Finally, the court ruled that insureds may assert IIED claims against claims adjusters, but found that the Bocks did not adequately plead the claim. The Bocks alleged that Hansen engaged in outrageous conduct by, among other things, ignoring evidence of coverage, altering the accident scene to deny coverage, creating a false report regarding damage to the Bocks’ property, and denying the claim for chimney repair when Hansen knew it was the Bocks’ primary source of heat. Ultimately, the court was not persuaded that these allegations constituted extreme and outrageous conduct as a matter of law. However, because the Bocks identified a litany of other allegations they could assert in an amended complaint that constituted outrageous conduct and caused them severe emotional distress, the court permitted the Bocks to amend their claim to support an IIED claim.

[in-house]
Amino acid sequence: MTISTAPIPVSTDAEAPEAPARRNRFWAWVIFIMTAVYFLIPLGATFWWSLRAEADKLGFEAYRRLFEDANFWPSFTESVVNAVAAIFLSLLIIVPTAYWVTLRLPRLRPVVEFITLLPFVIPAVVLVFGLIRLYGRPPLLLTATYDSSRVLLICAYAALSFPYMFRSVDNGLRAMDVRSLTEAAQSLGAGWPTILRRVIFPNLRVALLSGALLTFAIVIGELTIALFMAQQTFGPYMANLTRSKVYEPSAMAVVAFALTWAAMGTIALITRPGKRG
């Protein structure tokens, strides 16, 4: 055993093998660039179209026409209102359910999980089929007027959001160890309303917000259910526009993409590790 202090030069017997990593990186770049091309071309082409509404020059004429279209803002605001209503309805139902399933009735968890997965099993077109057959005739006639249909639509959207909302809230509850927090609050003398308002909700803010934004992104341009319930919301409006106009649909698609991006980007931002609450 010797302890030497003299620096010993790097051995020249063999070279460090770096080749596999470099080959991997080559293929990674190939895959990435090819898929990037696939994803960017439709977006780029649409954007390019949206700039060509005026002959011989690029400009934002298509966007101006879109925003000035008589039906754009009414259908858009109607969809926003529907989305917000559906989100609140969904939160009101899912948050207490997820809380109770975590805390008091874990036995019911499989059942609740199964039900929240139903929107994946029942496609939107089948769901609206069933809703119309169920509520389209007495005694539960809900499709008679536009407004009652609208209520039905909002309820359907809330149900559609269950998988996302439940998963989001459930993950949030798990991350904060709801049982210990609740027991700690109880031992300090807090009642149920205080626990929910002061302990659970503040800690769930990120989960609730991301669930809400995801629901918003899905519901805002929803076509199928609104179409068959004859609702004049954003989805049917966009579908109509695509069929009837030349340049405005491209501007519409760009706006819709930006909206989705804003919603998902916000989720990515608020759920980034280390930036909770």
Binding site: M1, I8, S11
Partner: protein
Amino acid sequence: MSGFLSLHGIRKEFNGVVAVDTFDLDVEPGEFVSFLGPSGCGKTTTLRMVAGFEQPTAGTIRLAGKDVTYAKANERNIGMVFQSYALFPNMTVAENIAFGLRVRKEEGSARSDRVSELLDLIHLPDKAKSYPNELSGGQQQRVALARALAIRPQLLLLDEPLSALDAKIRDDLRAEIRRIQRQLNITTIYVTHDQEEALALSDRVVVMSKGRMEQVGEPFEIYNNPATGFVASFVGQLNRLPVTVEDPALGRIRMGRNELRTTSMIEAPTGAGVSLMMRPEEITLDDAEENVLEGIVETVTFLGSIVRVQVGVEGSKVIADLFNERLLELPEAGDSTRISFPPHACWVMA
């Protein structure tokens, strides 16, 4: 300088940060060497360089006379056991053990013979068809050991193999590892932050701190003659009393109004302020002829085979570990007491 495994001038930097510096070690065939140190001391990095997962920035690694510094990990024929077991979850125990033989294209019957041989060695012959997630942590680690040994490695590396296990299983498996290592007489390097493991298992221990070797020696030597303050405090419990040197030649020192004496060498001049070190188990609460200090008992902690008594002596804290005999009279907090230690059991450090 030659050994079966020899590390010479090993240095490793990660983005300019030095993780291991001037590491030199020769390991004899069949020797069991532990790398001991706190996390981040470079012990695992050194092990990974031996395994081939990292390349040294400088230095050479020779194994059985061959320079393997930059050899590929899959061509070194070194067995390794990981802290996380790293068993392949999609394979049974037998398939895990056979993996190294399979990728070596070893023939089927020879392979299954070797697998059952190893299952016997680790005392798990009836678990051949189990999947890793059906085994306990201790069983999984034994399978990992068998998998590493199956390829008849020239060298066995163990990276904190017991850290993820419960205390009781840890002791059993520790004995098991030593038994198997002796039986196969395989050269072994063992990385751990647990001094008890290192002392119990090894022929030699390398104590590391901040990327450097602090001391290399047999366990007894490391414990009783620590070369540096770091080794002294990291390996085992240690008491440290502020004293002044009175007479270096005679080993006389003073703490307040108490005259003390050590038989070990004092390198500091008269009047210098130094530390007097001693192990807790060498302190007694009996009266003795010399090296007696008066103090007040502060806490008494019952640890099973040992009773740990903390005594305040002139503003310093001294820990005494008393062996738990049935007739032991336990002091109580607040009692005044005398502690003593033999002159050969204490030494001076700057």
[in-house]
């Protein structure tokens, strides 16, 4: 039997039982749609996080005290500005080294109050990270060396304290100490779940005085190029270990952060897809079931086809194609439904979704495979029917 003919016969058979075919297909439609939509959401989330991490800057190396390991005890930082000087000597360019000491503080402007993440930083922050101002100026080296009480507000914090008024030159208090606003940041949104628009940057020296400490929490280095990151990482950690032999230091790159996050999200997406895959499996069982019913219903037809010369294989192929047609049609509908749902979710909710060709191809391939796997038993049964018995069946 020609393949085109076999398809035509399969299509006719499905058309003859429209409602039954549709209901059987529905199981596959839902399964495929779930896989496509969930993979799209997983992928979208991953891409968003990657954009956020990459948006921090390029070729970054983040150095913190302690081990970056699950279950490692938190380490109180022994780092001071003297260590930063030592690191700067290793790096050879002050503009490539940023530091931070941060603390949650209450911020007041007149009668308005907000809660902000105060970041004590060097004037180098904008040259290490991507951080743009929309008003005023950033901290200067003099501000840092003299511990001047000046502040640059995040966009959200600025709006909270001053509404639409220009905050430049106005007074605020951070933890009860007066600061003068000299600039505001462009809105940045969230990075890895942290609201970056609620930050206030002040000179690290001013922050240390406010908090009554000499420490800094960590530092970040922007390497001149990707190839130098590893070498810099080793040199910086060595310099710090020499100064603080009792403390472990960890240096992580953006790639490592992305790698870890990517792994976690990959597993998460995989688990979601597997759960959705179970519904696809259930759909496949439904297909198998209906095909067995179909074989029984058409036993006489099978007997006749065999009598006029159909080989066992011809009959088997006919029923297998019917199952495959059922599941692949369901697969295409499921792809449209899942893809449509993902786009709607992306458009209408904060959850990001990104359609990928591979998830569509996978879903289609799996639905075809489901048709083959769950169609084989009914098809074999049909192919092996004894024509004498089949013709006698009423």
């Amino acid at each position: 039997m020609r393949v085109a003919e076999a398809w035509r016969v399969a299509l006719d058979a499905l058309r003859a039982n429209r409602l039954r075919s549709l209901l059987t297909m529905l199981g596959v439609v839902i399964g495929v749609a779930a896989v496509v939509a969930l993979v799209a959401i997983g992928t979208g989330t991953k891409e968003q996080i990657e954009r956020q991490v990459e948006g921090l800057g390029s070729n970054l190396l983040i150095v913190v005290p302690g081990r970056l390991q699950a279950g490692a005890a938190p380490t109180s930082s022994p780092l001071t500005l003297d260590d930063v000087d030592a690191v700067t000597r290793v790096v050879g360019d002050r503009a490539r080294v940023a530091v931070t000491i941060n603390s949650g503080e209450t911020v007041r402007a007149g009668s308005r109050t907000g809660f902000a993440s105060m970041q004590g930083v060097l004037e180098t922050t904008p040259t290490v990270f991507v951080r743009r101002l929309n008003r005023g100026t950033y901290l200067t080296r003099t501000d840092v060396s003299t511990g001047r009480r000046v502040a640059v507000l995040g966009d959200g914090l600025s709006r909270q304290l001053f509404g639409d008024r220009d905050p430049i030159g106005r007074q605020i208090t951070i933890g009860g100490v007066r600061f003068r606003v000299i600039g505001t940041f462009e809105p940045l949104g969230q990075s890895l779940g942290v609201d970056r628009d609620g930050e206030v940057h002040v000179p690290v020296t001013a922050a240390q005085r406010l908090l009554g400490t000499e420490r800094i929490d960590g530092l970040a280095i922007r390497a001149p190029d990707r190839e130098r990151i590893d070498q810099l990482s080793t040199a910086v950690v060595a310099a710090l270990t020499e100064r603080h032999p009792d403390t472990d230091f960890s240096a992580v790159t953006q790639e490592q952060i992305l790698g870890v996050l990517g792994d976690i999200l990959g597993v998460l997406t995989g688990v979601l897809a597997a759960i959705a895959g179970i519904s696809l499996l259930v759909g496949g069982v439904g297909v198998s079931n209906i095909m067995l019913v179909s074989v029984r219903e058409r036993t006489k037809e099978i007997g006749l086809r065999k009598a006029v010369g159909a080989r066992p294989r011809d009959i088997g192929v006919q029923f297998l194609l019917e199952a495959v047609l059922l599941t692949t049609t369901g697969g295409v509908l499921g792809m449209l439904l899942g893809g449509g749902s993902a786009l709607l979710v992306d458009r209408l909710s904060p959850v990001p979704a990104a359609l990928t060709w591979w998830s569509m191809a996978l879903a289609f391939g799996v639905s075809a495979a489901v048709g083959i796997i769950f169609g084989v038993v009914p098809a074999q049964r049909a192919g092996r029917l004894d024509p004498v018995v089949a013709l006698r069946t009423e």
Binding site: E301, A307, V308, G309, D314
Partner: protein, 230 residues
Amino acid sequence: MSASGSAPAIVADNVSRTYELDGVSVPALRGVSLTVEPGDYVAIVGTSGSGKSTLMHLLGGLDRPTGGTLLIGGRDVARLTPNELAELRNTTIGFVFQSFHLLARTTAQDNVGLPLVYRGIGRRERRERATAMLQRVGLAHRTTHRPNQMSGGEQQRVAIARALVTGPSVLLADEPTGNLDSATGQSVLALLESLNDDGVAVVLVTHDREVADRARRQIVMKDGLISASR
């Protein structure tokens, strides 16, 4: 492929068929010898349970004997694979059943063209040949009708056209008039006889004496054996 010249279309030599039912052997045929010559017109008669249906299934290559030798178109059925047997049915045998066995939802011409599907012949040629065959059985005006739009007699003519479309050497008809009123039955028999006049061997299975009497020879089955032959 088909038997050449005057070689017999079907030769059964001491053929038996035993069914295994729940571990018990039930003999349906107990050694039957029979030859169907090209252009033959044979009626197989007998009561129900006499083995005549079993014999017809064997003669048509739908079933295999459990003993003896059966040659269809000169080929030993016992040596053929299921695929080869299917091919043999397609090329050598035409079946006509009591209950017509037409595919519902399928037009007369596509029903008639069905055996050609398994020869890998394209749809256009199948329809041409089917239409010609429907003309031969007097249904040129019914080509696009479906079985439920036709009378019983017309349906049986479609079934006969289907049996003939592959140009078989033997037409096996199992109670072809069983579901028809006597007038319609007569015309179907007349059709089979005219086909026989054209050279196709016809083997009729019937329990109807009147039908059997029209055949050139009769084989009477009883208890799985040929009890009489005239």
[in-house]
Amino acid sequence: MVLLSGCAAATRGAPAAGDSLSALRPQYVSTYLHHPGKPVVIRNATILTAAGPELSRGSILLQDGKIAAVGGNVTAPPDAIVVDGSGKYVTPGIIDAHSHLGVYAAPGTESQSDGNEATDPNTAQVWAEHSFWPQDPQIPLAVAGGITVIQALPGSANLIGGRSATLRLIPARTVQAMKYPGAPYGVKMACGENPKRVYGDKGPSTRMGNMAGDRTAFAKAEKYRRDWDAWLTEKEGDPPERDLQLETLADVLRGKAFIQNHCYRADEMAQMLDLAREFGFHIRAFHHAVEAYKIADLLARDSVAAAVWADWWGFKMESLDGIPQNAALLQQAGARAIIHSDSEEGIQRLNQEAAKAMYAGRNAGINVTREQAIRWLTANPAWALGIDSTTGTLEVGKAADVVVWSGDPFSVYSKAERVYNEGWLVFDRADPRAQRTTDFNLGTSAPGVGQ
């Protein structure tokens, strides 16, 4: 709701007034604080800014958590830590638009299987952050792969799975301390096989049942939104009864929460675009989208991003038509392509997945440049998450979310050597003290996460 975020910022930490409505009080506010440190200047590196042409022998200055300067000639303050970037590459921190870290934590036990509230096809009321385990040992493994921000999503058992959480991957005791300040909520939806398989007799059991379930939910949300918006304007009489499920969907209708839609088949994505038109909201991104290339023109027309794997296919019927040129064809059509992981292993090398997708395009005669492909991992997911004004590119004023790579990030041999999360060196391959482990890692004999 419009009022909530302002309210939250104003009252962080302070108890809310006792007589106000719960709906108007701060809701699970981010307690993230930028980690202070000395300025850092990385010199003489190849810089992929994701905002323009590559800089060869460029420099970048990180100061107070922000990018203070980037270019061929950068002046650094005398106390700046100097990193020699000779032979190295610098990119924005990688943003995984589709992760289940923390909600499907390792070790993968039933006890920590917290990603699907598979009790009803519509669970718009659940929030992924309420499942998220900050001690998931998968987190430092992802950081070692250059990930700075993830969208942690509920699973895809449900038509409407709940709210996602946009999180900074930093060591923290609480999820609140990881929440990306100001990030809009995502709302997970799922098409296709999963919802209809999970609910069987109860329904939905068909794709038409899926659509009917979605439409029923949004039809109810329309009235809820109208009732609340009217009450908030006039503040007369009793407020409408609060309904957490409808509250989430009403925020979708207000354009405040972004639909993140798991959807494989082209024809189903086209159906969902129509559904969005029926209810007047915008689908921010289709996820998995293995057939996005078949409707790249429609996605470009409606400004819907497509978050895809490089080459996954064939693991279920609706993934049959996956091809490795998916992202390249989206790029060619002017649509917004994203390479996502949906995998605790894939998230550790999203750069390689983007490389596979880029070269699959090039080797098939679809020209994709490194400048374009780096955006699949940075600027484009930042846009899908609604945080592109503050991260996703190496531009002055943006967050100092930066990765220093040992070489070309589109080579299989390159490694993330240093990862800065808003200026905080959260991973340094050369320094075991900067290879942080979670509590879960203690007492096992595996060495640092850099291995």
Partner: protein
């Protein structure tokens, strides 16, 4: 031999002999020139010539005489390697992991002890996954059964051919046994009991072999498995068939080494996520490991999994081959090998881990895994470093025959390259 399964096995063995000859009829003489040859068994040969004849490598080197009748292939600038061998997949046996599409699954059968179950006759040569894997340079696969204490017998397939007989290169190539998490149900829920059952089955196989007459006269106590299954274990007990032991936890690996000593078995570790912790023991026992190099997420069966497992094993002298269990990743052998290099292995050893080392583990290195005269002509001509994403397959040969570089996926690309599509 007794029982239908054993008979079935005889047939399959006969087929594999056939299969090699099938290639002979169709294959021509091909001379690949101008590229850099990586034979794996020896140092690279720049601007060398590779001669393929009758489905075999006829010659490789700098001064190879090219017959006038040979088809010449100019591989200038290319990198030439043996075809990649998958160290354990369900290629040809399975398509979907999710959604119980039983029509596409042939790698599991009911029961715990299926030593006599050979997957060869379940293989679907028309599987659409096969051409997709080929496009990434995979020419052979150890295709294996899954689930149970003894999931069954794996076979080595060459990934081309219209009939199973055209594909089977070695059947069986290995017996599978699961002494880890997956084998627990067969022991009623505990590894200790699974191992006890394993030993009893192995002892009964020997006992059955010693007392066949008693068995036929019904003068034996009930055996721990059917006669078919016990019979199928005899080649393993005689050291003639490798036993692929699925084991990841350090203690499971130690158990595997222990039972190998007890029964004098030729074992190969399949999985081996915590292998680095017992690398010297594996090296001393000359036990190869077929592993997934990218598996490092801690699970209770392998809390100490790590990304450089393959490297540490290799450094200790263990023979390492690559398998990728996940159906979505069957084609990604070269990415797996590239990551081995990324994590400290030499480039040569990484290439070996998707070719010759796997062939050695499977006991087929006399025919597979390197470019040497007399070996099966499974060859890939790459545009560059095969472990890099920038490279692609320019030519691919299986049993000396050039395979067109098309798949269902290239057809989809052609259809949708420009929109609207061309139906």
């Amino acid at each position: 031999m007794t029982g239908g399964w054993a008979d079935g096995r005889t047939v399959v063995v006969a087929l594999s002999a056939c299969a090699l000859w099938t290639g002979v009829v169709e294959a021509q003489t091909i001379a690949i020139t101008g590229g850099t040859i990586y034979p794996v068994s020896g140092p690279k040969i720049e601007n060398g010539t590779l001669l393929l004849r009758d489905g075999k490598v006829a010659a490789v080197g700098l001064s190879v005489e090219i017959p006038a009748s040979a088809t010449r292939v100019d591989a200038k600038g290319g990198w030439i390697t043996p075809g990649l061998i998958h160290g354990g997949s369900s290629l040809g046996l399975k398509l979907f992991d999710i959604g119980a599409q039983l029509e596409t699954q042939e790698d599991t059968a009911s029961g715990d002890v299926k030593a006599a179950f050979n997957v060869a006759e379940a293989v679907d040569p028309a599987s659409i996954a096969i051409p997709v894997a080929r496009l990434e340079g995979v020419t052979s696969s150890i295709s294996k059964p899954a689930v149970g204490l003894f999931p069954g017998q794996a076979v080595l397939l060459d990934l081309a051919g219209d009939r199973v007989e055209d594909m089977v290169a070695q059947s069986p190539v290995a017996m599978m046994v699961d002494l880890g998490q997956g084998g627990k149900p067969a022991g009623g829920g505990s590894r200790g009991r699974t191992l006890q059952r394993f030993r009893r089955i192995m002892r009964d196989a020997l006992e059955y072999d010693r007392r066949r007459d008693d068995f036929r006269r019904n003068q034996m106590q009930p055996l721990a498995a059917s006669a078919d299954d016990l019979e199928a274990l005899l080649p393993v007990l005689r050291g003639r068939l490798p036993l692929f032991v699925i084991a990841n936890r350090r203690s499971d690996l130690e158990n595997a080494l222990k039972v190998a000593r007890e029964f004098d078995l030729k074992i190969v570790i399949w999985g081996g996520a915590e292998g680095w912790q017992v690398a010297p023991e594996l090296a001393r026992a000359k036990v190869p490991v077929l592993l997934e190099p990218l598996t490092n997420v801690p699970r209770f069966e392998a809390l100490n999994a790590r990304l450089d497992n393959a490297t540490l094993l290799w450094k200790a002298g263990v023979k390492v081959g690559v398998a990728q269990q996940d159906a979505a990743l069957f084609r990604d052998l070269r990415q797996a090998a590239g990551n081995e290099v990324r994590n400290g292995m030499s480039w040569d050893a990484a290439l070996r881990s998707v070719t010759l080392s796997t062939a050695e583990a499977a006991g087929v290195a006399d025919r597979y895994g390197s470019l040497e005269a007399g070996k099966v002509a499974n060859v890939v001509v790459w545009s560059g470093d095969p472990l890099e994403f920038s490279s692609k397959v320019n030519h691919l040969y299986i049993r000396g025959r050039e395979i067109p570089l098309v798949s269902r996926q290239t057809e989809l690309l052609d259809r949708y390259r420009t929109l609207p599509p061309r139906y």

Bock is a well-reasoned, policyholder-friendly decision that expands liability to claims adjusters, such that adjusters may be liable for negligent misrepresentation and IIED. Based on the holding, there is no reason to believe that intentional misrepresentation claims cannot also be asserted in the proper circumstances. Claims adjusters are often the face of the insurer. They are expected to know the policy terms and coverages and to apply them in good faith to a given set of facts to determine coverage. When claims adjusters misrepresent policy terms or assert facts that they know, or should know, are false and when they know or believe that the insureds will rely on them to their detriment, it is not unreasonable to hold them accountable. It will be up to policyholders’ attorneys to determine if suing adjusters adds any value to their case. In most cases it will not, but it may in some situations, be just the right remedy and it may even mean the difference between litigating in state court vs. federal court as naming a local claims adjuster could act to defeat diversity jurisdiction in federal court.